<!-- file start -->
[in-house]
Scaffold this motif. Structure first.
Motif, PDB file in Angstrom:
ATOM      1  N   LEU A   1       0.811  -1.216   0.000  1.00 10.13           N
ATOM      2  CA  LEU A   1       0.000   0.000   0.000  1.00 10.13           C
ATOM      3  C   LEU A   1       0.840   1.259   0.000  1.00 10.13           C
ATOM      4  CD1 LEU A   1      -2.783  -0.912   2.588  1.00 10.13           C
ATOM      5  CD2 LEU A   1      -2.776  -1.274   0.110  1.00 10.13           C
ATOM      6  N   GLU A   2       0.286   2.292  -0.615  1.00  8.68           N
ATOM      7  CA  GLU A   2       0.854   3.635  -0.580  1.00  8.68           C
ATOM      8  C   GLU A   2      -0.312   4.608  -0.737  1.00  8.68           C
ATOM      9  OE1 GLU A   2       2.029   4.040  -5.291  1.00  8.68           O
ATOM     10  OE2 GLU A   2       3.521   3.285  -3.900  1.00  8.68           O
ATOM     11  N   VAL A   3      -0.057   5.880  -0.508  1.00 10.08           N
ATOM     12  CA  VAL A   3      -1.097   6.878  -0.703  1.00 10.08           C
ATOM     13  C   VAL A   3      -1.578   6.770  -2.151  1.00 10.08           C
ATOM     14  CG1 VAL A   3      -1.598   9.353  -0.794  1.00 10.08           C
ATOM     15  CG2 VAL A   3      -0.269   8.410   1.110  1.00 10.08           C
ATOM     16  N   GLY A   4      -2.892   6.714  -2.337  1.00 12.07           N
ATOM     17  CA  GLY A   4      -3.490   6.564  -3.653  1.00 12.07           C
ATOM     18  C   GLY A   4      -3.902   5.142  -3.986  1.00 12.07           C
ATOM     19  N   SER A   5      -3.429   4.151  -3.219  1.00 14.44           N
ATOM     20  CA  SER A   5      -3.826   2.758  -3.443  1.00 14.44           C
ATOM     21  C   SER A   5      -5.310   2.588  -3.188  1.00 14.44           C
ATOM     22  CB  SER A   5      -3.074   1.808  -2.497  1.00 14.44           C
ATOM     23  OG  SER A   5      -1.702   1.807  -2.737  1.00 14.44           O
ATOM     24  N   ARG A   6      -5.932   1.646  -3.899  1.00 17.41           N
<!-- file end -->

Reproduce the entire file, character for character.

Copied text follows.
[in-house]
Scaffold this motif. Structure first.
Motif, PDB file in Angstrom:
ATOM      1  N   LEU A   1       0.811  -1.216   0.000  1.00 10.13           N
ATOM      2  CA  LEU A   1       0.000   0.000   0.000  1.00 10.13           C
ATOM      3  C   LEU A   1       0.840   1.259   0.000  1.00 10.13           C
ATOM      4  CD1 LEU A   1      -2.783  -0.912   2.588  1.00 10.13           C
ATOM      5  CD2 LEU A   1      -2.776  -1.274   0.110  1.00 10.13           C
ATOM      6  N   GLU A   2       0.286   2.292  -0.615  1.00  8.68           N
ATOM      7  CA  GLU A   2       0.854   3.635  -0.580  1.00  8.68           C
ATOM      8  C   GLU A   2      -0.312   4.608  -0.737  1.00  8.68           C
ATOM      9  OE1 GLU A   2       2.029   4.040  -5.291  1.00  8.68           O
ATOM     10  OE2 GLU A   2       3.521   3.285  -3.900  1.00  8.68           O
ATOM     11  N   VAL A   3      -0.057   5.880  -0.508  1.00 10.08           N
ATOM     12  CA  VAL A   3      -1.097   6.878  -0.703  1.00 10.08           C
ATOM     13  C   VAL A   3      -1.578   6.770  -2.151  1.00 10.08           C
ATOM     14  CG1 VAL A   3      -1.598   9.353  -0.794  1.00 10.08           C
ATOM     15  CG2 VAL A   3      -0.269   8.410   1.110  1.00 10.08           C
ATOM     16  N   GLY A   4      -2.892   6.714  -2.337  1.00 12.07           N
ATOM     17  CA  GLY A   4      -3.490   6.564  -3.653  1.00 12.07           C
ATOM     18  C   GLY A   4      -3.902   5.142  -3.986  1.00 12.07           C
ATOM     19  N   SER A   5      -3.429   4.151  -3.219  1.00 14.44           N
ATOM     20  CA  SER A   5      -3.826   2.758  -3.443  1.00 14.44           C
ATOM     21  C   SER A   5      -5.310   2.588  -3.188  1.00 14.44           C
ATOM     22  CB  SER A   5      -3.074   1.808  -2.497  1.00 14.44           C
ATOM     23  OG  SER A   5      -1.702   1.807  -2.737  1.00 14.44           O
ATOM     24  N   ARG A   6      -5.932   1.646  -3.899  1.00 17.41           N